Wireless Connections Creep Into Everyday Things
Associated Press (02/27/13) Peter Svensson
The next wave of the wireless revolution will center on machine-to-machine communication that occurs without human intervention, and several examples of the technology were on display at the recent Mobile World Congress. Qualcomm, for example, is demonstrating a coffeepot that works on a timer controlled by a tablet computer or Internet alarm clock. Tethercell is showing a mock AA battery containing a smaller AAA battery that fits in a regular battery compartment to allow smartphones and tablets to order the battery to shut off a device within a range of 80 feet. Meanwhile, General Motors unveiled an update to its OnStar wireless assistance service that supports faster data connections as well as remote engine diagnostics and software upgrades. Vodafone announced a "smart" car application that informs car insurance companies of vehicle usage and driver style scores and also can offer safety advice. As the world progresses toward an "Internet of Things" that will link everyone and everything, 12.5 billion smart devices will exist by 2020, not counting phones, PCs, and tablets, compared with the current 1.3 billion devices, according to Machina Research. Connecting smart devices with one another is the next major challenge.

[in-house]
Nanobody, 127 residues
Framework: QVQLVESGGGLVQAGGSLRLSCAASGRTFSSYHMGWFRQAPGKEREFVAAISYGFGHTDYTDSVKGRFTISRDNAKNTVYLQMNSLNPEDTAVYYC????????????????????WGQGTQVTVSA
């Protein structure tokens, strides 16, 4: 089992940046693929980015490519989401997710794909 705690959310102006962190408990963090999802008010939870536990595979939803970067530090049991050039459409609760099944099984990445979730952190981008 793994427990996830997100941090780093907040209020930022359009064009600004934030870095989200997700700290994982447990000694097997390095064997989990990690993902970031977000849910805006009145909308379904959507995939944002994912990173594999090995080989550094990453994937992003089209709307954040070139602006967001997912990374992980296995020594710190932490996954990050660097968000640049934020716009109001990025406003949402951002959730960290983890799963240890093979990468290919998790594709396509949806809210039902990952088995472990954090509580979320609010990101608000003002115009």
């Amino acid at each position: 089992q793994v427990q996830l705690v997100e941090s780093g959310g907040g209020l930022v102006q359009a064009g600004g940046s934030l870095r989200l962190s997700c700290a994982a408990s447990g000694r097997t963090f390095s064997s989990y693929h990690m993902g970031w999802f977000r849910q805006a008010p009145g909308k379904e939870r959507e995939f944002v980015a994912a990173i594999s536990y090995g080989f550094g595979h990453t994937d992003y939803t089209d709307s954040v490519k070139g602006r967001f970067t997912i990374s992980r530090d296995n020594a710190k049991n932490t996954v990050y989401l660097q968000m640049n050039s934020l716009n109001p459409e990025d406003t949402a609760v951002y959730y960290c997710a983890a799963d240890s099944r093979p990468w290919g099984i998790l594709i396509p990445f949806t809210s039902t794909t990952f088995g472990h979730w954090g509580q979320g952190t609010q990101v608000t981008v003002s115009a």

The Internet Needs a Plan B
Wired News (02/27/13) Michael V. Copeland